When the announcement circulated yesterday about a one-day estate sale at the longtime Pasadena home of architectural historian Bob Winter, hearts dropped into stomachs all across the Southland.
It was widely known that Bob intended to leave his Arts & Crafts bungalow, built by the great Pasadena tile maker Ernest Batchelder and liberally festooned with rare tile, glass and metalwork, to his beloved Occidental College.
Less widely known was what the college planned to do with the National Register landmark. It is in no danger of being demolished; the facade and principal downstairs rooms are protected by a preservation easement. But would Oxy undertake the considerable expense of maintaining the property just as it was, as an off-campus lecture hall or visiting scholar’s residence? Or would they put it on the market?
The estate sale announcement settled that question firmly: Bob Winter’s home would be sold.
Scrolling through photos on the estate sale listing, it was obvious that the library had been thinned. Still there were hundreds of books laid out in banker’s boxes. Would the reference library that informed such iconic Southern California histories as The California Bungalow, California Design 1910, Batchelder Tilemaker and A Guide to Architecture in Los Angeles and Southern California be dispersed?
The answer is “absolutely not!”
We reached out to our friends at Occidental College and got the skinny from Dale Ann Stieber, Special Collections Librarian and College Archivist:
“Three faculty members and two librarians reviewed Dr. Winter’s books and selected about 250-300 items for subject matter of regional value (arts & crafts and California regional arts, architecture and culture) for Occidental College Library.
Dr. Winter’s personal and professional papers, memorabilia, awards, and research files/books were reviewed, packed and will be coming to Special Collections. Ann Scheid, USC architectural librarian and a close friend and colleague of Dr. Winter, is assisting us in the processing of these materials for future researcher access. I should add that a decade ago Dr. Winter transferred his comprehensive 35mm slide collection on Southern California architecture to Occidental College; it has been fully digitized, described and available in ArtStor.”
And that’s a bit of happy news on the sad occasion of the end of our friend Bob Winter’s life in his lovely bungalow. May this place attract a fine new steward and be a joyous and creative home for many years to come.
As for us, we’re skipping the estate sale, and prefer to remember the house filled with Bob’s personality and treasures. Having learned how to give offbeat Los Angeles architecture and history tours directly from the master (including one of Batchelder’s Dutch Chocolate Shop), we’ll be deep in South LA on Saturday, exploring the sites that figure in Patty Hearst’s kidnapping and the SWAT raid that incinerated her SLA captors.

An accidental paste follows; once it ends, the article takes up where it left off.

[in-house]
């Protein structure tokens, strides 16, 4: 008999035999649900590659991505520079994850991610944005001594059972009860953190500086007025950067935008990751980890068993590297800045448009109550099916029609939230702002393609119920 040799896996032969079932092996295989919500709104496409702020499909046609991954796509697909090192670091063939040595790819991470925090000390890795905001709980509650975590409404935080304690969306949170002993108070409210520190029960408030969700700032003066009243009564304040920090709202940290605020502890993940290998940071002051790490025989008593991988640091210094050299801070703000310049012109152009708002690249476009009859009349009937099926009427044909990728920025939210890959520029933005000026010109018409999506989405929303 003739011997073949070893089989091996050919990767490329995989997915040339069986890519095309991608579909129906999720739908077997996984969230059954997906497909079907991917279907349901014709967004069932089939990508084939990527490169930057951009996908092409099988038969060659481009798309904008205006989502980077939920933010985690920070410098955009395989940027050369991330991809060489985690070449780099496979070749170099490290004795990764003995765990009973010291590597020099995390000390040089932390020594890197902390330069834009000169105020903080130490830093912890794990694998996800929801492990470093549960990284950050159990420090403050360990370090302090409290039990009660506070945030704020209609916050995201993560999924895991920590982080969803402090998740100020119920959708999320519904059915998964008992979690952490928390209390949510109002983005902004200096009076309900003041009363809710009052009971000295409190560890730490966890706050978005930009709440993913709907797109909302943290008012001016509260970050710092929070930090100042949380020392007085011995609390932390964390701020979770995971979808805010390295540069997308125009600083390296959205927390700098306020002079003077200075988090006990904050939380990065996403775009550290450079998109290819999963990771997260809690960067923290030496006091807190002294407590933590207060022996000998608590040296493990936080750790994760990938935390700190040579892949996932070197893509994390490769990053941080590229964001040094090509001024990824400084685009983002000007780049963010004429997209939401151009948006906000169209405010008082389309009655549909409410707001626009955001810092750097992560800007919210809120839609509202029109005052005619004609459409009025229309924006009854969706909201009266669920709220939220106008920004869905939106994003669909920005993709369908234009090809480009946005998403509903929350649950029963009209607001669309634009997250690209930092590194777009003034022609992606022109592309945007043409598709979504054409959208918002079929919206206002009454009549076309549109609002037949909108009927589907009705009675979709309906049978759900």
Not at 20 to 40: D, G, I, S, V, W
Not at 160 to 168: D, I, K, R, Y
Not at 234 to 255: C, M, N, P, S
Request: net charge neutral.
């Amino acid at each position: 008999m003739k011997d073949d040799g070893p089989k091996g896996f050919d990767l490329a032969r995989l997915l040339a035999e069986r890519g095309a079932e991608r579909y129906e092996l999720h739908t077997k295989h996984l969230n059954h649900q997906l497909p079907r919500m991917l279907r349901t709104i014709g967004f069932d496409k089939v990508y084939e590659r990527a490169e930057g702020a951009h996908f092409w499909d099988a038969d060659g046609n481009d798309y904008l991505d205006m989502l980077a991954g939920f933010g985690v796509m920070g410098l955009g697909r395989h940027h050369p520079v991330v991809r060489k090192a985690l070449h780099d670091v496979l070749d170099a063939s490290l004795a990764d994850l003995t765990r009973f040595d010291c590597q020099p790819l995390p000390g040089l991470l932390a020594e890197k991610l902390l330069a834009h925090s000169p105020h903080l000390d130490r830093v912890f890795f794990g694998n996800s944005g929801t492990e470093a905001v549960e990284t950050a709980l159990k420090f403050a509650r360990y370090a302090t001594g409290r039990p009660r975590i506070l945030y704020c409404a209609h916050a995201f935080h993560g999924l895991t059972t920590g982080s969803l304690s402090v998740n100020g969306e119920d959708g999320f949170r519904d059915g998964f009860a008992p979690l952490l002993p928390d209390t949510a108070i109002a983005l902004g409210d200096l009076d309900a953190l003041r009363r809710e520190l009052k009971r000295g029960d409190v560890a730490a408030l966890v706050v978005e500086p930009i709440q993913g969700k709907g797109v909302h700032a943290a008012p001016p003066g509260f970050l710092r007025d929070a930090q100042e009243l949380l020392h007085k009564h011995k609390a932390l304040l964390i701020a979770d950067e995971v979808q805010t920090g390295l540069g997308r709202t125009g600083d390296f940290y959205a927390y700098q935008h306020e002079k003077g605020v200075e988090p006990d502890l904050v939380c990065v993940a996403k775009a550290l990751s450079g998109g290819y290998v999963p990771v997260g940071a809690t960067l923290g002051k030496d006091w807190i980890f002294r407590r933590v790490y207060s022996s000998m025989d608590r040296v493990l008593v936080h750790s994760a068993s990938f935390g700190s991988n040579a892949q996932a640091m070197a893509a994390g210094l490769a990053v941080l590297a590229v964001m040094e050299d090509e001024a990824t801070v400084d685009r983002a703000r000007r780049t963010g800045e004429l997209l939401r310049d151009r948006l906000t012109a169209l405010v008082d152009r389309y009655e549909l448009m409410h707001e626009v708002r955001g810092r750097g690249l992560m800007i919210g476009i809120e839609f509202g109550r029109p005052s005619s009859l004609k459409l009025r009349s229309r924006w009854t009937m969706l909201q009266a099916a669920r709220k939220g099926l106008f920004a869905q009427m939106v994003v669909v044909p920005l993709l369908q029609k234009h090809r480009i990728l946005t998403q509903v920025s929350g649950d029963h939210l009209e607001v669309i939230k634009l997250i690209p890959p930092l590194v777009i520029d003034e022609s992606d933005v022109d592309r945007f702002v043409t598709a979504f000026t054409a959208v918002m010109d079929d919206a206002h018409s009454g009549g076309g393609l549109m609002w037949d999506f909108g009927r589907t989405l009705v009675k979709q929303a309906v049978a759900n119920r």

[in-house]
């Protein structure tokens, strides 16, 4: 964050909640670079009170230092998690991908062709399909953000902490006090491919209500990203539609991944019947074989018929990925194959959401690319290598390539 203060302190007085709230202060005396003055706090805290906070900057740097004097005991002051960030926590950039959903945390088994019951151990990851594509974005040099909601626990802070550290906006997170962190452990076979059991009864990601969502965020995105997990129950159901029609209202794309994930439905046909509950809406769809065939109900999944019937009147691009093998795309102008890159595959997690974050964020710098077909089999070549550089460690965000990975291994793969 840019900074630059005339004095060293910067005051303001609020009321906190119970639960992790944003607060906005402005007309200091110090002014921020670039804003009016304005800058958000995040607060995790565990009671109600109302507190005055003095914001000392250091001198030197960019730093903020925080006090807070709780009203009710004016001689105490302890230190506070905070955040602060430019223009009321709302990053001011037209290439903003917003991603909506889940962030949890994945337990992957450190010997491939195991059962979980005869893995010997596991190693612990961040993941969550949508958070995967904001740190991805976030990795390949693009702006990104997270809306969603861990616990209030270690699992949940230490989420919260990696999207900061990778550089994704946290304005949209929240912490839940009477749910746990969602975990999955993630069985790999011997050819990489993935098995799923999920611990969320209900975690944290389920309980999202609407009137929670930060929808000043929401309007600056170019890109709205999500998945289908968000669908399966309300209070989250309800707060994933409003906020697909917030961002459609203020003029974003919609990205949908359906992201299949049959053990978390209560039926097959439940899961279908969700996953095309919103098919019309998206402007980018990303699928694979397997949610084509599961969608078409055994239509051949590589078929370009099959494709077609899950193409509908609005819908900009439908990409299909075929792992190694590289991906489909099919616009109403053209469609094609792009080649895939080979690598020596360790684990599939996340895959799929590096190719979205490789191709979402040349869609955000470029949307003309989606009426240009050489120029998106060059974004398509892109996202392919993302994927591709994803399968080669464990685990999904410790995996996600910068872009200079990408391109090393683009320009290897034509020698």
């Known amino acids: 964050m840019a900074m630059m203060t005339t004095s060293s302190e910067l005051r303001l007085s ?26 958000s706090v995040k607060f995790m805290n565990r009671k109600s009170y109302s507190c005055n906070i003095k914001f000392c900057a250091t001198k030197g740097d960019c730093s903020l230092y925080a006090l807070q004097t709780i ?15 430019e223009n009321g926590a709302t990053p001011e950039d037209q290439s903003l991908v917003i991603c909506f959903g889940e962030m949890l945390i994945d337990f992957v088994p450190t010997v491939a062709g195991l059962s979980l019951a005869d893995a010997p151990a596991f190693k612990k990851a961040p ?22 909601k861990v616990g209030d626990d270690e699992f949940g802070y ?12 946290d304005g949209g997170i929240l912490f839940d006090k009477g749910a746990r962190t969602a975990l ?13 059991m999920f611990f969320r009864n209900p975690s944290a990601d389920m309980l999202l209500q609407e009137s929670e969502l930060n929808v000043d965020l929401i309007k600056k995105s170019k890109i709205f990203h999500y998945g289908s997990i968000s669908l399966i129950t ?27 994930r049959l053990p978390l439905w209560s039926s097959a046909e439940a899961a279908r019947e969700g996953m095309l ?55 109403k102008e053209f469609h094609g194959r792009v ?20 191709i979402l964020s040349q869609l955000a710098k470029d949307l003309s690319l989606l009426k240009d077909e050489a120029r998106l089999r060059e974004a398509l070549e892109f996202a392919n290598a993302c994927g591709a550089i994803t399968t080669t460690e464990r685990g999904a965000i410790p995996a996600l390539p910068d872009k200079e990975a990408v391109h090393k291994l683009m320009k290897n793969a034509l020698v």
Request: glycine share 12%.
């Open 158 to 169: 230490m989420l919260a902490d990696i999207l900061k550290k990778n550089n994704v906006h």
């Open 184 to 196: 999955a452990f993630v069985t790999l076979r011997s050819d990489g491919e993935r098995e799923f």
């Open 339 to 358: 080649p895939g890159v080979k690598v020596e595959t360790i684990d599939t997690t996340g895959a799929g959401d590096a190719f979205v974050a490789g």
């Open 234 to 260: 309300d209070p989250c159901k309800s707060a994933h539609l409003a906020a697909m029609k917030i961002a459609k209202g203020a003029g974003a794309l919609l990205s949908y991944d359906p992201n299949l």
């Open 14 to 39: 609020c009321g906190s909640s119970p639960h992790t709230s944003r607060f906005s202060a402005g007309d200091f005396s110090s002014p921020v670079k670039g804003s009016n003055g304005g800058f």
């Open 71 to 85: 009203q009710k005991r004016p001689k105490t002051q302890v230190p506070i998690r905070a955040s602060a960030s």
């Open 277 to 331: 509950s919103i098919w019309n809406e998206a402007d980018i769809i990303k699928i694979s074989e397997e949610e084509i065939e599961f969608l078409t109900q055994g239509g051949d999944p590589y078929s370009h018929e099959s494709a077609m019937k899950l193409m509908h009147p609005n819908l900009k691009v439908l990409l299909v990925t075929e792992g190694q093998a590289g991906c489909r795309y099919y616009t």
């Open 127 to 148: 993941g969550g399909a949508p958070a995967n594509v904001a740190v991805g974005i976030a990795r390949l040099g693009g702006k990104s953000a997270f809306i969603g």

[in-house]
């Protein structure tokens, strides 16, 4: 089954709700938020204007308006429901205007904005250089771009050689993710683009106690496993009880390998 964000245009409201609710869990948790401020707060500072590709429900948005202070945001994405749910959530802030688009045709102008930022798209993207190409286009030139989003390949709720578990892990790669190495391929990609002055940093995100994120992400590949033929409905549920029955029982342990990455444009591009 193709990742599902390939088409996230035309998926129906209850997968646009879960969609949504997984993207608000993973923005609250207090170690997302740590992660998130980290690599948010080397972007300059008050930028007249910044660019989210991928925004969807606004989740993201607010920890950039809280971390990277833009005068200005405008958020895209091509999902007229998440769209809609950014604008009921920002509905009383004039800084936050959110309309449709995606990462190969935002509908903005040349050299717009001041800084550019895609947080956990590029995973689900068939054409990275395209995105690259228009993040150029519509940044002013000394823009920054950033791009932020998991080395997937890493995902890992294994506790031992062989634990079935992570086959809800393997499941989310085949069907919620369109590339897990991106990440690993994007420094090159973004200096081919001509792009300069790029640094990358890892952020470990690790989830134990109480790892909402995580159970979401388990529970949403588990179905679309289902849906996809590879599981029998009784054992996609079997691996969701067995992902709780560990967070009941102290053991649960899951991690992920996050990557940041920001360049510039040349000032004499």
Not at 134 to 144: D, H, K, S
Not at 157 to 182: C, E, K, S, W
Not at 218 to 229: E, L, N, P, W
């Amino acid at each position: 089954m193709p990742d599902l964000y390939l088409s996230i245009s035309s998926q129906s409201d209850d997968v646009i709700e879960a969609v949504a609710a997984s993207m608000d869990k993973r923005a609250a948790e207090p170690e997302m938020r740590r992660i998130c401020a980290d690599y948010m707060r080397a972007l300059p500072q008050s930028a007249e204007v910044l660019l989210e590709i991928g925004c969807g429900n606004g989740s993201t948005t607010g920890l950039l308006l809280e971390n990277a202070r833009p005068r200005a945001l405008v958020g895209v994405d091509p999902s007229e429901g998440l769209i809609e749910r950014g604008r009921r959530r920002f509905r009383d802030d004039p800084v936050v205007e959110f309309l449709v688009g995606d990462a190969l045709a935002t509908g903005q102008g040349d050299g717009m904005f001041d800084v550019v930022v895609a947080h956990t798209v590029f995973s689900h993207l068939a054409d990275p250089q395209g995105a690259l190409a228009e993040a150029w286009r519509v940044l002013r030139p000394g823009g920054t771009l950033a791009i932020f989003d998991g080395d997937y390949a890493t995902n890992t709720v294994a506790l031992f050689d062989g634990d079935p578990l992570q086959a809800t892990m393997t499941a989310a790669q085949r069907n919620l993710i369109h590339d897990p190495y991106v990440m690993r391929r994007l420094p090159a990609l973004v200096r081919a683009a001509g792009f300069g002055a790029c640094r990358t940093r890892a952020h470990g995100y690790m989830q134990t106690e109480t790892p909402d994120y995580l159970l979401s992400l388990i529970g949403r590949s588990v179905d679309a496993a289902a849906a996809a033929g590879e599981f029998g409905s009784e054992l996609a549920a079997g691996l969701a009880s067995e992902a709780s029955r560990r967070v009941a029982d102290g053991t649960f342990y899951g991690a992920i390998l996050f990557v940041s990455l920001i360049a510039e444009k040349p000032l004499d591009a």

We don’t begrudge anyone who swings by the sale in search of a keepsake, but if you’d like to explore the city Bob loved, why not come along for the ride? There’s time for both, and Los Angeles is calling.
Kim, Thank you for this evocation of the wonderful, wise and witty Dr. Winter. I’m glad and grateful that an easement is in place to protect the important interior spaces as well as the exterior of the Batchelder House. One hope the next owners will continue the tradition with the current neighbors to amicably “share” the full depth of the rear garden. I must say I was never under any illusion that Oxy would not sell the house once Bob was no longer with us. It is one of those houses that is best lived in, in my view, preferably by someone who knew Bob and fully appreciates its importance as a hub of the Arroyo culture that Bob cared so deeply about. I only hope that the proceeds from the sale of the house will go to a cause that Dr. Winter might have approved. Perhaps restoring and carrying out programs (as Oxy has said they would like to do) at the Lummis Home?
Thanks for reading, Ted, and for your thoughtful speculation. I’m looking forward to seeing what happens to the house, and how this generous gift is used. The activation of Lummis House by Oxy’s Institute for the Study of Los Angeles sounds like a perfect match!
I just found your post and am wondering about the status of the Batchelder home.
Thank you very much.
Richard Arnold, San Gabriel
Hi Richard, we understand that Occidental has been shopping the house around to a select group of potential buyers, and that it currently in escrow. Because the most historic elements of the building are protected by a preservation easement, we’re not worried about it being at risk of alteration, and look forward to learning who will be making Bob Winter’s home their own.